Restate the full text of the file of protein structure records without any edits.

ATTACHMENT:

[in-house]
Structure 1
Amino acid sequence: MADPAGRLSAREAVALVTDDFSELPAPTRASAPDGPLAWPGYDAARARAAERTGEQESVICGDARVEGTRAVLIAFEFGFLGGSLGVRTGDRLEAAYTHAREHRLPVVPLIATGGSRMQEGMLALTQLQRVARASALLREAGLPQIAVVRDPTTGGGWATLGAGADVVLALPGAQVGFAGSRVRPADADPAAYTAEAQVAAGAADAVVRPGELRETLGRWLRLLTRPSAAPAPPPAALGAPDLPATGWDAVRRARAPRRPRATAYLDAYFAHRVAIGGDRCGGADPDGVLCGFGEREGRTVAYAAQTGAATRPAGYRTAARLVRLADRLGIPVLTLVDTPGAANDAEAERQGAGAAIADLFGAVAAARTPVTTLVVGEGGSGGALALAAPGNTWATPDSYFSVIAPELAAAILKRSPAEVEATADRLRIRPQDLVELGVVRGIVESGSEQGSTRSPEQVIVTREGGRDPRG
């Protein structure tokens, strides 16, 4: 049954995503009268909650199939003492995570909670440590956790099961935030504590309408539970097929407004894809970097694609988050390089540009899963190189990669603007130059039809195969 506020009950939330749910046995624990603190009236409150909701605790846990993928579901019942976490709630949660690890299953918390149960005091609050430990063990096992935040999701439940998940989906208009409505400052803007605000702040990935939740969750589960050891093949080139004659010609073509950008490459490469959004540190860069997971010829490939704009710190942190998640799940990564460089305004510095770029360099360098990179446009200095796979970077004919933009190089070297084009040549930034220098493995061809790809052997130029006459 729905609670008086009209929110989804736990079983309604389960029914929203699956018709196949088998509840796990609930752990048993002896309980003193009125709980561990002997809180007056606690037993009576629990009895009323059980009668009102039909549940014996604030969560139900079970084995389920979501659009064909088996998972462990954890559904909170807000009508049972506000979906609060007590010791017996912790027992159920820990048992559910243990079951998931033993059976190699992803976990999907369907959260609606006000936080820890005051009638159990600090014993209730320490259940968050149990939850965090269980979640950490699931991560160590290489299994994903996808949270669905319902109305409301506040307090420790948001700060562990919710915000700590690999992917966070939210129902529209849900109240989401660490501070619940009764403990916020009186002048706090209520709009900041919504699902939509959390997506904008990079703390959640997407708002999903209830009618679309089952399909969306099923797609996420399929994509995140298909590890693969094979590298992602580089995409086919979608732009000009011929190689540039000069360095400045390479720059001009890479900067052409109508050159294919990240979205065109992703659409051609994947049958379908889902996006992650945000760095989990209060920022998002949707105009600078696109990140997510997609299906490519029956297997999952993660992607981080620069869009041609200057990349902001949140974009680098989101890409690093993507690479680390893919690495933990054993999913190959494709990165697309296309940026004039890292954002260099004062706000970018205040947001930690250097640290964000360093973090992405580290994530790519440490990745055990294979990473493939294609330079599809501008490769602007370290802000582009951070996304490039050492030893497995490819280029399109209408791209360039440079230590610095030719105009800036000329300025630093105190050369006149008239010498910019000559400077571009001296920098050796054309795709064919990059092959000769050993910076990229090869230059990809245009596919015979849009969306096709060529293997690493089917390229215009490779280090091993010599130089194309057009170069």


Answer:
[in-house]
Structure 1
Amino acid sequence: MADPAGRLSAREAVALVTDDFSELPAPTRASAPDGPLAWPGYDAARARAAERTGEQESVICGDARVEGTRAVLIAFEFGFLGGSLGVRTGDRLEAAYTHAREHRLPVVPLIATGGSRMQEGMLALTQLQRVARASALLREAGLPQIAVVRDPTTGGGWATLGAGADVVLALPGAQVGFAGSRVRPADADPAAYTAEAQVAAGAADAVVRPGELRETLGRWLRLLTRPSAAPAPPPAALGAPDLPATGWDAVRRARAPRRPRATAYLDAYFAHRVAIGGDRCGGADPDGVLCGFGEREGRTVAYAAQTGAATRPAGYRTAARLVRLADRLGIPVLTLVDTPGAANDAEAERQGAGAAIADLFGAVAAARTPVTTLVVGEGGSGGALALAAPGNTWATPDSYFSVIAPELAAAILKRSPAEVEATADRLRIRPQDLVELGVVRGIVESGSEQGSTRSPEQVIVTREGGRDPRG
């Protein structure tokens, strides 16, 4: 049954995503009268909650199939003492995570909670440590956790099961935030504590309408539970097929407004894809970097694609988050390089540009899963190189990669603007130059039809195969 506020009950939330749910046995624990603190009236409150909701605790846990993928579901019942976490709630949660690890299953918390149960005091609050430990063990096992935040999701439940998940989906208009409505400052803007605000702040990935939740969750589960050891093949080139004659010609073509950008490459490469959004540190860069997971010829490939704009710190942190998640799940990564460089305004510095770029360099360098990179446009200095796979970077004919933009190089070297084009040549930034220098493995061809790809052997130029006459 729905609670008086009209929110989804736990079983309604389960029914929203699956018709196949088998509840796990609930752990048993002896309980003193009125709980561990002997809180007056606690037993009576629990009895009323059980009668009102039909549940014996604030969560139900079970084995389920979501659009064909088996998972462990954890559904909170807000009508049972506000979906609060007590010791017996912790027992159920820990048992559910243990079951998931033993059976190699992803976990999907369907959260609606006000936080820890005051009638159990600090014993209730320490259940968050149990939850965090269980979640950490699931991560160590290489299994994903996808949270669905319902109305409301506040307090420790948001700060562990919710915000700590690999992917966070939210129902529209849900109240989401660490501070619940009764403990916020009186002048706090209520709009900041919504699902939509959390997506904008990079703390959640997407708002999903209830009618679309089952399909969306099923797609996420399929994509995140298909590890693969094979590298992602580089995409086919979608732009000009011929190689540039000069360095400045390479720059001009890479900067052409109508050159294919990240979205065109992703659409051609994947049958379908889902996006992650945000760095989990209060920022998002949707105009600078696109990140997510997609299906490519029956297997999952993660992607981080620069869009041609200057990349902001949140974009680098989101890409690093993507690479680390893919690495933990054993999913190959494709990165697309296309940026004039890292954002260099004062706000970018205040947001930690250097640290964000360093973090992405580290994530790519440490990745055990294979990473493939294609330079599809501008490769602007370290802000582009951070996304490039050492030893497995490819280029399109209408791209360039440079230590610095030719105009800036000329300025630093105190050369006149008239010498910019000559400077571009001296920098050796054309795709064919990059092959000769050993910076990229090869230059990809245009596919015979849009969306096709060529293997690493089917390229215009490779280090091993010599130089194309057009170069």